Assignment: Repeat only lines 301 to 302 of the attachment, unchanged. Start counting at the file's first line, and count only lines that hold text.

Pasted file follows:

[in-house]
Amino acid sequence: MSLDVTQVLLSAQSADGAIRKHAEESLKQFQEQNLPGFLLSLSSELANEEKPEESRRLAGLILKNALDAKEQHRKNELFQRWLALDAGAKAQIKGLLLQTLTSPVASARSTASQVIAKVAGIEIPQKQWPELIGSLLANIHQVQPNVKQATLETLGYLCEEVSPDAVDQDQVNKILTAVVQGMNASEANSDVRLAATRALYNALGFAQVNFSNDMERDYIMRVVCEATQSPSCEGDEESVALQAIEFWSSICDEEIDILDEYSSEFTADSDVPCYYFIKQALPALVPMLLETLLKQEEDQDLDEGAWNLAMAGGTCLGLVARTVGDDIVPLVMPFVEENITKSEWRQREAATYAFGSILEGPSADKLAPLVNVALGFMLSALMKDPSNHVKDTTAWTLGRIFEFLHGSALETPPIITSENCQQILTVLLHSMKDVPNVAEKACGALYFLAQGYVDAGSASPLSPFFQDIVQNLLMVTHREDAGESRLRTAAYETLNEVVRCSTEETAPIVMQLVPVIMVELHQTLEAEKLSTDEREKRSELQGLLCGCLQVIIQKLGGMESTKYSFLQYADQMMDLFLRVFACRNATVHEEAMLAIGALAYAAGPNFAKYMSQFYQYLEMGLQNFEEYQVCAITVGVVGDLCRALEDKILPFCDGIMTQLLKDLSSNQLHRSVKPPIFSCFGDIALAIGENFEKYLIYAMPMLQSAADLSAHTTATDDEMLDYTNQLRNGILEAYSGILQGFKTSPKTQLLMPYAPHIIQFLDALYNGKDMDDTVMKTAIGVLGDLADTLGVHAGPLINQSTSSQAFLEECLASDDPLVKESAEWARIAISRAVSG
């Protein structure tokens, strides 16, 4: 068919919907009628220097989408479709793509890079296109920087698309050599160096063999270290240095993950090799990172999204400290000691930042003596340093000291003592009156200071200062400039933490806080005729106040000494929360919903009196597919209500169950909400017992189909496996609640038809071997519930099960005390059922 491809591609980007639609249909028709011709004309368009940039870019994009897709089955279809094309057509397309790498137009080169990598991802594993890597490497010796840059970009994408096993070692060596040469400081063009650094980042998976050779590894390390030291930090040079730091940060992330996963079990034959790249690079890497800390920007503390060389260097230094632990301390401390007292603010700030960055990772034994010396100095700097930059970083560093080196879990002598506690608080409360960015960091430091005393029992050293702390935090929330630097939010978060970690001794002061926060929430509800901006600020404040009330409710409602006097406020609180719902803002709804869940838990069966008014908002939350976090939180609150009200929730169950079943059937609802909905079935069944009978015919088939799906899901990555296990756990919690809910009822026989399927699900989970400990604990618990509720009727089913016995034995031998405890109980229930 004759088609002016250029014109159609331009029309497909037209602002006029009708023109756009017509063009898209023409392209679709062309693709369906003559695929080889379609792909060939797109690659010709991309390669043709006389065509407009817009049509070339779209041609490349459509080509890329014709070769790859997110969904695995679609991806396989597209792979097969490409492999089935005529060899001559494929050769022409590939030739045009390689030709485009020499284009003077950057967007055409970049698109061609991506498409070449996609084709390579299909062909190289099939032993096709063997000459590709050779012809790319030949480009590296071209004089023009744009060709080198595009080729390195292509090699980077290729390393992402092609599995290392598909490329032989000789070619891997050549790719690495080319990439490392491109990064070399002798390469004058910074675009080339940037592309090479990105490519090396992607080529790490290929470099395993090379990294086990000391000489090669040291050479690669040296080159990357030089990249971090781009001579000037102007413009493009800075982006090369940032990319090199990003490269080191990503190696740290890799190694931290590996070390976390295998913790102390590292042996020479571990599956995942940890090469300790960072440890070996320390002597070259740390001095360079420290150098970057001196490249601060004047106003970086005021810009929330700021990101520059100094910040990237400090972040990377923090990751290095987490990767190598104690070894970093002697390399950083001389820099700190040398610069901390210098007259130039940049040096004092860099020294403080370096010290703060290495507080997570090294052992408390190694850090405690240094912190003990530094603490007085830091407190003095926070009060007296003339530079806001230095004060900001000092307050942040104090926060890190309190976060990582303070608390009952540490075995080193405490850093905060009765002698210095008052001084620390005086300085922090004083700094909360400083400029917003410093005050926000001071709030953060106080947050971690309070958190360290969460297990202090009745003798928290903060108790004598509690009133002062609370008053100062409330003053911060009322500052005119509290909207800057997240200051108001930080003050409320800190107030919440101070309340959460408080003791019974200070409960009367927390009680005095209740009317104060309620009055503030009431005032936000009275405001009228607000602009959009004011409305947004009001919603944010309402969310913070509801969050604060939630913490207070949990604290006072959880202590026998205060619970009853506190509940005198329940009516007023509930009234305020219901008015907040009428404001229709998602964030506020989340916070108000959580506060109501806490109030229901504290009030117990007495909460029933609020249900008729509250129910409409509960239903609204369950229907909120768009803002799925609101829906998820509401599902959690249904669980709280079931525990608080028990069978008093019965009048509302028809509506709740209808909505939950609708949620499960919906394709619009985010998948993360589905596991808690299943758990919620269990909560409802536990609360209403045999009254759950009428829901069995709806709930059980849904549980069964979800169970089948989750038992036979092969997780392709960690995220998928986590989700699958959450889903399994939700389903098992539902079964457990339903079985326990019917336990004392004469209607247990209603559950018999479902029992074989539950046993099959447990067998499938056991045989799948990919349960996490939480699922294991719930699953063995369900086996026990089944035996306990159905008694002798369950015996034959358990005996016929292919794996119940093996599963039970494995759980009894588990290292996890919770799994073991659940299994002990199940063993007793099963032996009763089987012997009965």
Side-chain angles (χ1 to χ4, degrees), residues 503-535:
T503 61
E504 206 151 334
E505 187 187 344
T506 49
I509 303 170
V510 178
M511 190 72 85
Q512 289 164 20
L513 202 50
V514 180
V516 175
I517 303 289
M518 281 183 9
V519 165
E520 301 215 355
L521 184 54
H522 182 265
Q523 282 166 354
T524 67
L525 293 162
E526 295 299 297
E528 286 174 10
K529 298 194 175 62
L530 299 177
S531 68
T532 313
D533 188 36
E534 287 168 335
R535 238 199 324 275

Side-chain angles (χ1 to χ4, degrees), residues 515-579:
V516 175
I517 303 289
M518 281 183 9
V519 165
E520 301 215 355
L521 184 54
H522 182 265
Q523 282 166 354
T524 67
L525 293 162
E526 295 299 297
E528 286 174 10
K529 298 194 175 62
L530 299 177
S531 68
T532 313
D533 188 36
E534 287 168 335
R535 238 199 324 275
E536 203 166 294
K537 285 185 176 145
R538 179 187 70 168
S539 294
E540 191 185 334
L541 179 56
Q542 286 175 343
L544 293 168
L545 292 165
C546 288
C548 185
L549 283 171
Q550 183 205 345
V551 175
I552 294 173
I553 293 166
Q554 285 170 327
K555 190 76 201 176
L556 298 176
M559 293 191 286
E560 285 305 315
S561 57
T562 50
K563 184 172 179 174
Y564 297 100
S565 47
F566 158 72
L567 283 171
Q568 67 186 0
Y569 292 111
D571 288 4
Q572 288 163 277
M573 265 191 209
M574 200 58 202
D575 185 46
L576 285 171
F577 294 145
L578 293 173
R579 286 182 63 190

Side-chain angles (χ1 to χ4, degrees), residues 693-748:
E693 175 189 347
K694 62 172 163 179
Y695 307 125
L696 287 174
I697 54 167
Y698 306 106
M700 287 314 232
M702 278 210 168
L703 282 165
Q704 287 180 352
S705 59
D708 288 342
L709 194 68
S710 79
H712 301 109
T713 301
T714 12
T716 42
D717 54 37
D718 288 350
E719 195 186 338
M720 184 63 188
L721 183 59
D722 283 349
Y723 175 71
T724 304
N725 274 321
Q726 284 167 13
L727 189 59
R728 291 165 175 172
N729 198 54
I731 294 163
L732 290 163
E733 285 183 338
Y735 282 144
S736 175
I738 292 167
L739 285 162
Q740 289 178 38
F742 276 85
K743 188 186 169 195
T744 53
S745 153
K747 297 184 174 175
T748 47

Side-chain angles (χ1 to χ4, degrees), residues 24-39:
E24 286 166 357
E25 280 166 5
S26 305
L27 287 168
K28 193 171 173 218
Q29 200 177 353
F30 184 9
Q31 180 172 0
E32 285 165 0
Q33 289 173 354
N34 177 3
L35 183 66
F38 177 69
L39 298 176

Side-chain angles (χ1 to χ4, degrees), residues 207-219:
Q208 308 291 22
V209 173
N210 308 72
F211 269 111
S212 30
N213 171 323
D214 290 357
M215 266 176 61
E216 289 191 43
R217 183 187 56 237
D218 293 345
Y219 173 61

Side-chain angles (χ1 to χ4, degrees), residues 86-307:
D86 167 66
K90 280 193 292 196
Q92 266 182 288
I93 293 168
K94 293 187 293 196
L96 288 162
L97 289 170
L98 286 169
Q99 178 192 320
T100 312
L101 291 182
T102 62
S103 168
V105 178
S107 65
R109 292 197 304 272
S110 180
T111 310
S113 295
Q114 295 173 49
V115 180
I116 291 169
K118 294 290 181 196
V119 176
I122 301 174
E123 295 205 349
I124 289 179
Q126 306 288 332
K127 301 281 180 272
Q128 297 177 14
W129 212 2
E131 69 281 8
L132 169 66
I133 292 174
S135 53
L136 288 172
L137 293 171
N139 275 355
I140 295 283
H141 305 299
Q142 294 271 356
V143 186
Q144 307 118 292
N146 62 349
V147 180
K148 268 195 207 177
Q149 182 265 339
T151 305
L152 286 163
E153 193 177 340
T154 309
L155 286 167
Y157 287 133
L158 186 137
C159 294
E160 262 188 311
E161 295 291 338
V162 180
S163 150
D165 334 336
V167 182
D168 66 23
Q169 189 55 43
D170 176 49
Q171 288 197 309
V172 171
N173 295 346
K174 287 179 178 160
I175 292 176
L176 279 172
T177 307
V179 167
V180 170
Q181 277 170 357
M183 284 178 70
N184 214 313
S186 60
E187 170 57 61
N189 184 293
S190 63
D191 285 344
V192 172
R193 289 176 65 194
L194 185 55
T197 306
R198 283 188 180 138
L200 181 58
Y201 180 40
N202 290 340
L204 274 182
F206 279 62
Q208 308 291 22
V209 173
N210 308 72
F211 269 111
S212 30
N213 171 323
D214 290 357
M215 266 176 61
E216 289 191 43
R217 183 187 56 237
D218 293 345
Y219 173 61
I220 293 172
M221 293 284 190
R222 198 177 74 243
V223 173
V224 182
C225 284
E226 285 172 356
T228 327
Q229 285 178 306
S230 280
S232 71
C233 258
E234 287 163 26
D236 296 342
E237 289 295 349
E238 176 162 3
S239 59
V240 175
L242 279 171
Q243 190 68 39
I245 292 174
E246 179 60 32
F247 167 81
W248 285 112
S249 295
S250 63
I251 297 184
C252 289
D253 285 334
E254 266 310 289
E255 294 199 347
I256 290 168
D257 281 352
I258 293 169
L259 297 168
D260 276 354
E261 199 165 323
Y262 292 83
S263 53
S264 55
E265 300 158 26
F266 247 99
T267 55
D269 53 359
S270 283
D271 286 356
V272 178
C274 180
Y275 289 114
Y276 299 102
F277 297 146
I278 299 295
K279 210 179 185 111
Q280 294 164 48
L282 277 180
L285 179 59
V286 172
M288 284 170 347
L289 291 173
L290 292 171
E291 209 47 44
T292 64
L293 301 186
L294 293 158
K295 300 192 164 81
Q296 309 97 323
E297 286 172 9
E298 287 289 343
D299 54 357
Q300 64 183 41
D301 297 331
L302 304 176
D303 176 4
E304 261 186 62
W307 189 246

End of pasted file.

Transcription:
E255 294 199 347
I256 290 168